There are no means of determining the relative order in time of the Phaedrus, Symposium, Phaedo.
Therefore, Phaedrus, bid him do at once what he will soon do whether bidden or not.
Phaedrus followed Aesop, but, as he affirms, not slavishly; i. prol.
And so, Phaedrus, you really imagine that I am going to improve upon the ingenuity of Lysias?
The "Phaedrus" is probably to be grouped with the "Symposium."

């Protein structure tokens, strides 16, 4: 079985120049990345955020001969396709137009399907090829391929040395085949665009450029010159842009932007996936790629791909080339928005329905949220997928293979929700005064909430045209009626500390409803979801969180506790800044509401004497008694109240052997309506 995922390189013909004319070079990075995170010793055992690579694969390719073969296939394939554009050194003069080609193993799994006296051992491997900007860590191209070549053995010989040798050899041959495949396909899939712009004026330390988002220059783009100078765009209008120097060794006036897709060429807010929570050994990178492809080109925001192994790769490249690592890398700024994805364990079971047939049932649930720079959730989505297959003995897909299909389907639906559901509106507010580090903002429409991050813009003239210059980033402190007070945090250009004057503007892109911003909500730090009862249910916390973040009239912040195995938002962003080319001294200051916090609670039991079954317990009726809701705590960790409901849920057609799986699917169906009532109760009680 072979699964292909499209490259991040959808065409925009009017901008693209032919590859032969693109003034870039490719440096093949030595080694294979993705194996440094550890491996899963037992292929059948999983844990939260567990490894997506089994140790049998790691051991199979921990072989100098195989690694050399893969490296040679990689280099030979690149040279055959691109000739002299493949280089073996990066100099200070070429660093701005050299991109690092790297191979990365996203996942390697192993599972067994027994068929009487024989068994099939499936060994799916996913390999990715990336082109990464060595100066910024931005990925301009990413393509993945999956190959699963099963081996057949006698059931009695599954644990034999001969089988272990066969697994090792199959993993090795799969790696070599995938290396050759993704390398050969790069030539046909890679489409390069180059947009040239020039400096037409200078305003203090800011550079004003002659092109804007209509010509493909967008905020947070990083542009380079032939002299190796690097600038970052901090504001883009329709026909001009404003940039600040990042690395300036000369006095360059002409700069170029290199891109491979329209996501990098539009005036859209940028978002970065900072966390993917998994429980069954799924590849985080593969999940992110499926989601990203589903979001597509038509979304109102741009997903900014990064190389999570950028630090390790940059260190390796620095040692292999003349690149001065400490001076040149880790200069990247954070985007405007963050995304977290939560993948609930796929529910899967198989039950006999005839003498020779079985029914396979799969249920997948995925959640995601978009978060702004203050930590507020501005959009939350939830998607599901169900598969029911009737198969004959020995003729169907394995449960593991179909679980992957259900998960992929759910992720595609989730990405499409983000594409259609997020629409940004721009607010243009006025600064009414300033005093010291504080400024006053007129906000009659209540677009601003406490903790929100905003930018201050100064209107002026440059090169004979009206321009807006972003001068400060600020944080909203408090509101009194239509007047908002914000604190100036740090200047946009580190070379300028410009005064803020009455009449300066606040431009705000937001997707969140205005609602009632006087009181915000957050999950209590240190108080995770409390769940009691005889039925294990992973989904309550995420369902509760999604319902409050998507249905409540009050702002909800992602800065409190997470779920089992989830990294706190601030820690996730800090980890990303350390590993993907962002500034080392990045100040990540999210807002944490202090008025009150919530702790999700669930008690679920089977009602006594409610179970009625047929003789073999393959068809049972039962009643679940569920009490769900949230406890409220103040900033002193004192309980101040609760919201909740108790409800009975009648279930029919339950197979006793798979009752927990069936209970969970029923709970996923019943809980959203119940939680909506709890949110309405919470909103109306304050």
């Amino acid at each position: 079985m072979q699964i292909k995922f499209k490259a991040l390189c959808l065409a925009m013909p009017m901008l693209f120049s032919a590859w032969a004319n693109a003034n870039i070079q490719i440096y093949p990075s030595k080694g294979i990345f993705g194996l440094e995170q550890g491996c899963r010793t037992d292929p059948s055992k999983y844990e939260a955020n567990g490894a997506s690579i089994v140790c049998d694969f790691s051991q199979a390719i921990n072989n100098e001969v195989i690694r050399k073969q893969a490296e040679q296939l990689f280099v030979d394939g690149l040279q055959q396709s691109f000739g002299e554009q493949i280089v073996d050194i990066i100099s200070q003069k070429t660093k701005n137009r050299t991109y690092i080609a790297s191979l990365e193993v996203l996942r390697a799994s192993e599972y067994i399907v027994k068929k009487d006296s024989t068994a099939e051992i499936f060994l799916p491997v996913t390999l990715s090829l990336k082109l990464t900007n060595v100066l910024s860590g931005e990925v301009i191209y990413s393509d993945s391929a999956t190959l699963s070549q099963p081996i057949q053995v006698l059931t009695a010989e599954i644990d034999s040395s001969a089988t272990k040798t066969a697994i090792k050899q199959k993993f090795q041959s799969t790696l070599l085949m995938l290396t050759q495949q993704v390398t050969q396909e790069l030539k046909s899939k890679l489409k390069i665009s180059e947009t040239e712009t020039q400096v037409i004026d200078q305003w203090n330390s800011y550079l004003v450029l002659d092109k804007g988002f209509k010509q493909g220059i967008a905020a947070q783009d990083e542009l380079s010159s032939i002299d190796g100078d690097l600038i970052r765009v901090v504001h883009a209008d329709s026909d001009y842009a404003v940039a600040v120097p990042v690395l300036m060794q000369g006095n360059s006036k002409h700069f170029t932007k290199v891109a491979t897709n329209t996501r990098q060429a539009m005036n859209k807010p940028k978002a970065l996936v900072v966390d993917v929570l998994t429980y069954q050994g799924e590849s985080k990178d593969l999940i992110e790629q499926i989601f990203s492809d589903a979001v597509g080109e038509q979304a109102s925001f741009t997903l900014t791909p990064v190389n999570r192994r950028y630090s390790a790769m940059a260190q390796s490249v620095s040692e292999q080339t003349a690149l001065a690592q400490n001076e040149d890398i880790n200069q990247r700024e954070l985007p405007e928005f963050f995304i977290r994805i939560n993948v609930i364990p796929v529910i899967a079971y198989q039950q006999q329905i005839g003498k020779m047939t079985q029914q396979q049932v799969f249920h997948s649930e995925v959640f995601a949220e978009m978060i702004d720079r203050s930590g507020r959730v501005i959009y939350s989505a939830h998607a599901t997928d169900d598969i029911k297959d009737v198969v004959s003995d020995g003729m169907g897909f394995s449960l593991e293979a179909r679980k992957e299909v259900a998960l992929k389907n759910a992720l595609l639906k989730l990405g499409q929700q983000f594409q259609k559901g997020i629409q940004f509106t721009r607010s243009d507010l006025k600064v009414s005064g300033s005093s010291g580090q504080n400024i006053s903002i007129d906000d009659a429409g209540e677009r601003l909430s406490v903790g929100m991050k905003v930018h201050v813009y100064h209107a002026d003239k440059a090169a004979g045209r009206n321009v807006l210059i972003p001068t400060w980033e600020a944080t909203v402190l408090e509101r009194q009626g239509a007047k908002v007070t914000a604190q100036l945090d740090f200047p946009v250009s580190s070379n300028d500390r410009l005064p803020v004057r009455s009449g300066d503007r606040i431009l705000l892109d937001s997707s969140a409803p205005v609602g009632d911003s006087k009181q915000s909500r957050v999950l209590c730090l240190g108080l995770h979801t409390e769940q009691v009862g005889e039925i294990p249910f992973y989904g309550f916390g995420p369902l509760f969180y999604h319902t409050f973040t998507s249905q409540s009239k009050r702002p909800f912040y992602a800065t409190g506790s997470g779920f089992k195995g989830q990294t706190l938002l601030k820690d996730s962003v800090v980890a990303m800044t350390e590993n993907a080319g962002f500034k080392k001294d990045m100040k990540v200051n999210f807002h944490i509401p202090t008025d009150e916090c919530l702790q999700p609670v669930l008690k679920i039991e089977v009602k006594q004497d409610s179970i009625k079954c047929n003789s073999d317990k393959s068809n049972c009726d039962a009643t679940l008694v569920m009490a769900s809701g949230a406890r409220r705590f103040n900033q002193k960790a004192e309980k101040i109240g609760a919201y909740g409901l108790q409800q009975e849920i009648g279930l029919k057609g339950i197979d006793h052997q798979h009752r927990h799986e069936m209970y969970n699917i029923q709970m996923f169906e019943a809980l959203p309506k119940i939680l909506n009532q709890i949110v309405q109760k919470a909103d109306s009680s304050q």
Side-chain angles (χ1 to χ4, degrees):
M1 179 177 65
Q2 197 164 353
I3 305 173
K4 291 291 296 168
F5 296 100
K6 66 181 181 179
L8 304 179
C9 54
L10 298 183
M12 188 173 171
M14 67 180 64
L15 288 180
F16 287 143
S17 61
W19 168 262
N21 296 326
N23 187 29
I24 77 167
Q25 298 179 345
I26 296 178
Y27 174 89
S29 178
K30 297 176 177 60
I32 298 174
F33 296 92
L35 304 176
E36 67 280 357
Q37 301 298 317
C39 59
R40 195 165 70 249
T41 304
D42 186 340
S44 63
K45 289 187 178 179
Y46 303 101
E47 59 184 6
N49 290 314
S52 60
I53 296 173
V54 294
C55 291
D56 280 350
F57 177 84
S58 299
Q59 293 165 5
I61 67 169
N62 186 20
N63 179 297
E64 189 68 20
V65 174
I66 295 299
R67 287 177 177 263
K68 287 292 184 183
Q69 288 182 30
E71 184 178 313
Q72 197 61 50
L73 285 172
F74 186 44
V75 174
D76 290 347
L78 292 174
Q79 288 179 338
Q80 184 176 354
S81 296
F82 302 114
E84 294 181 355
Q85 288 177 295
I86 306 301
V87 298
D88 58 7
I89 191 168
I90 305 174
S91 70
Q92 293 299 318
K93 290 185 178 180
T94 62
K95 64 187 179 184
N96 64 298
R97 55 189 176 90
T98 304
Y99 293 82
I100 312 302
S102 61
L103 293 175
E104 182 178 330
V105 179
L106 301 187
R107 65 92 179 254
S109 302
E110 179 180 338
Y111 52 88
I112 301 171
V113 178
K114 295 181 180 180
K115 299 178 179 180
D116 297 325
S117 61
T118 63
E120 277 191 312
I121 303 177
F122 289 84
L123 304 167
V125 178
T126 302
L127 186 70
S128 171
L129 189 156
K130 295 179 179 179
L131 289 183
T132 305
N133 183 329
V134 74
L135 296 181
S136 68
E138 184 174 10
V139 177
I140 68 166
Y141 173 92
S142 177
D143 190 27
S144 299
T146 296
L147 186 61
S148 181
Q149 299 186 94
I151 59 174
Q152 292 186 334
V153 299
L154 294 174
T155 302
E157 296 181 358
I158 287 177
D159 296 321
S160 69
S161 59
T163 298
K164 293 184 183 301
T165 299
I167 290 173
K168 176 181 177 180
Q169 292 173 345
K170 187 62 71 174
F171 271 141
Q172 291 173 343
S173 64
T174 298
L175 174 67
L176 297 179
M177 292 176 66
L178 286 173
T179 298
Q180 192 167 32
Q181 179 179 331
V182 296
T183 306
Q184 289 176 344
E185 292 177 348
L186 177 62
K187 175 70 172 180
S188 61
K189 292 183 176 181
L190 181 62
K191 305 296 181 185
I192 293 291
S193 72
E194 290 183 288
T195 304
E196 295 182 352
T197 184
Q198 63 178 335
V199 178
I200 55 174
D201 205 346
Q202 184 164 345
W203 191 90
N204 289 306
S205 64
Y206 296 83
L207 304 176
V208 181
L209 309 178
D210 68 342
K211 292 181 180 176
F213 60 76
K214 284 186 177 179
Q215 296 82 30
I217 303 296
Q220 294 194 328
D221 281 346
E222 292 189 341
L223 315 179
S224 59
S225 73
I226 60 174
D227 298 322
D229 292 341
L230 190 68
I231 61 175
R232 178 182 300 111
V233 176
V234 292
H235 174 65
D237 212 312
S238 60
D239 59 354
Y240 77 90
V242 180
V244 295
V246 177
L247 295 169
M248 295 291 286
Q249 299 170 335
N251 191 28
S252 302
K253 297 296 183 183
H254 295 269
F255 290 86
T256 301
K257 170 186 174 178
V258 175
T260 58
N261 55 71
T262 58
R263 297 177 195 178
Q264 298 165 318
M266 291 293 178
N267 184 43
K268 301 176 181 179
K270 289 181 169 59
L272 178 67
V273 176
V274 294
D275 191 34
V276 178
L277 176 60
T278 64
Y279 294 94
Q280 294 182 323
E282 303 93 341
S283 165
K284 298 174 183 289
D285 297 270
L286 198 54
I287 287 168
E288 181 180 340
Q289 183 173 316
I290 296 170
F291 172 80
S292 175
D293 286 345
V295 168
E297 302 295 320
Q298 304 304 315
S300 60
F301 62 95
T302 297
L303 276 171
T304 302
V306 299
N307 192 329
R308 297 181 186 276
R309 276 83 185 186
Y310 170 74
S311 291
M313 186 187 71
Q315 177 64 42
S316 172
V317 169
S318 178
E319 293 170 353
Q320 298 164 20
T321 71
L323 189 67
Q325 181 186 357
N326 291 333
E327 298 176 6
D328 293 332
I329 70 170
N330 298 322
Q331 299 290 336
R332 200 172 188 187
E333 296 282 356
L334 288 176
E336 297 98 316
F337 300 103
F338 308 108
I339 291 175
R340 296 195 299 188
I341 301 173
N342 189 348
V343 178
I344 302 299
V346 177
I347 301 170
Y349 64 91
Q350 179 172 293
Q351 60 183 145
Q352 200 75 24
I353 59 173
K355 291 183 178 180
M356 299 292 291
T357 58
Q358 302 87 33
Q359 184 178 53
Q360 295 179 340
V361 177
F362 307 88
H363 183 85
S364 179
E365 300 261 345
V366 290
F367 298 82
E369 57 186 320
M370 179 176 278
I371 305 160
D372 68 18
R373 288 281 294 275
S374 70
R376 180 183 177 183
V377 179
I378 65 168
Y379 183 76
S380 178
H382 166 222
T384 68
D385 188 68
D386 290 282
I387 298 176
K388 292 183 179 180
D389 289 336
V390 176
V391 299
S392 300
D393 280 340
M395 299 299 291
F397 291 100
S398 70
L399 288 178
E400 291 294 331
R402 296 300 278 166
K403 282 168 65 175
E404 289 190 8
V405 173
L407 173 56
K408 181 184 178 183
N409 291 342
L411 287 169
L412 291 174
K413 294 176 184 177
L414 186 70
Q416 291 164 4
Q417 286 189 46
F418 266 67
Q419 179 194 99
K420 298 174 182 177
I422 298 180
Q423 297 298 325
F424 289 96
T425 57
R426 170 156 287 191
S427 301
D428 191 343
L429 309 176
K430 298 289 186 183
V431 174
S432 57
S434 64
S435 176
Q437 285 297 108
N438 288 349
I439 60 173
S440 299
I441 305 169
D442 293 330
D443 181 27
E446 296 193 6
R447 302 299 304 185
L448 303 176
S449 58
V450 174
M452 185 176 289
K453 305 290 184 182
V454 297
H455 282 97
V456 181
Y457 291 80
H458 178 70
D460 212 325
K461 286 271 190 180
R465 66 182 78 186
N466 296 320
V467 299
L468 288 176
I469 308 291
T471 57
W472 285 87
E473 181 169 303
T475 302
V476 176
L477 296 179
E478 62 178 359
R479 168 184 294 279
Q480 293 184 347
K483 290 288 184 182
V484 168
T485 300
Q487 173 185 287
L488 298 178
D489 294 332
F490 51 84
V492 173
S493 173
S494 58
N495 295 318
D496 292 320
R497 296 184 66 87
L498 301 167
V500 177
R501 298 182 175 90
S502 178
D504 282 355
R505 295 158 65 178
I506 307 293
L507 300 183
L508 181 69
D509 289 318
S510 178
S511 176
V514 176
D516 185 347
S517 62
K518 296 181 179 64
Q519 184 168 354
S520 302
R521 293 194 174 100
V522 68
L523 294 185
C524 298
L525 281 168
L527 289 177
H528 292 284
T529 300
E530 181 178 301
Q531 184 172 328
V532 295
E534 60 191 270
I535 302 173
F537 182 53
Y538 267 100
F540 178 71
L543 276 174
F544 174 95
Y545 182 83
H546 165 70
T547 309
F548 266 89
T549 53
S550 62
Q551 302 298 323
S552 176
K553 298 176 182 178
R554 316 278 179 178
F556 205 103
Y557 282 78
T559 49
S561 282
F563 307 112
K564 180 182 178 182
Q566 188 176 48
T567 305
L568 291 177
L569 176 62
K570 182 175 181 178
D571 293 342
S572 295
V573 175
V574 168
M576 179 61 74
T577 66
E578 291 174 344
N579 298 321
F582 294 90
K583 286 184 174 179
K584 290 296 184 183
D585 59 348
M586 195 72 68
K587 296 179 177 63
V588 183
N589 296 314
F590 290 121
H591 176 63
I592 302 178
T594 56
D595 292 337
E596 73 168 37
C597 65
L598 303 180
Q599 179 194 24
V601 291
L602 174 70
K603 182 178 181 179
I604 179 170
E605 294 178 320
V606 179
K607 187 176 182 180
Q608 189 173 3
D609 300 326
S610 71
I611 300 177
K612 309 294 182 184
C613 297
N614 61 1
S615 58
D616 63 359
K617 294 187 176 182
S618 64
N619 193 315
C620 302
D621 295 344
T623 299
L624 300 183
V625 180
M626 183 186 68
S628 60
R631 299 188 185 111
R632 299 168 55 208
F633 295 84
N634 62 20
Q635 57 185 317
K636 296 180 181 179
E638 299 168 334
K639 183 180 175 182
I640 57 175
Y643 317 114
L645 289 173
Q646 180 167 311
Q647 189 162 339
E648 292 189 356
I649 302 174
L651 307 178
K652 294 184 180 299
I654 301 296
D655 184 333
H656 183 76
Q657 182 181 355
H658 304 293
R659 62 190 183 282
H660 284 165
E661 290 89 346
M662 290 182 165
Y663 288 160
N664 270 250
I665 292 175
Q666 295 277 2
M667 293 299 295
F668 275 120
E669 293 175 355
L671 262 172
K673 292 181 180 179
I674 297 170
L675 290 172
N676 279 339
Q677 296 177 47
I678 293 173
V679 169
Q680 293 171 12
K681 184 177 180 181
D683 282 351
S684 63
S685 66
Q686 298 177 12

If genuine, the proper place of the Menexenus would be at the end of the Phaedrus.
Phaedrus is the only important writer during the half-century 323 of literary darkness between the Golden and the Silver Age.
Many threads join together in one the love and dialectic of the Phaedrus.
In four lines, Phaedrus has summed up all the forms of property.
He is discoursing in a high-flown vein, which may be compared to the 'dithyrambics of the Phaedrus.'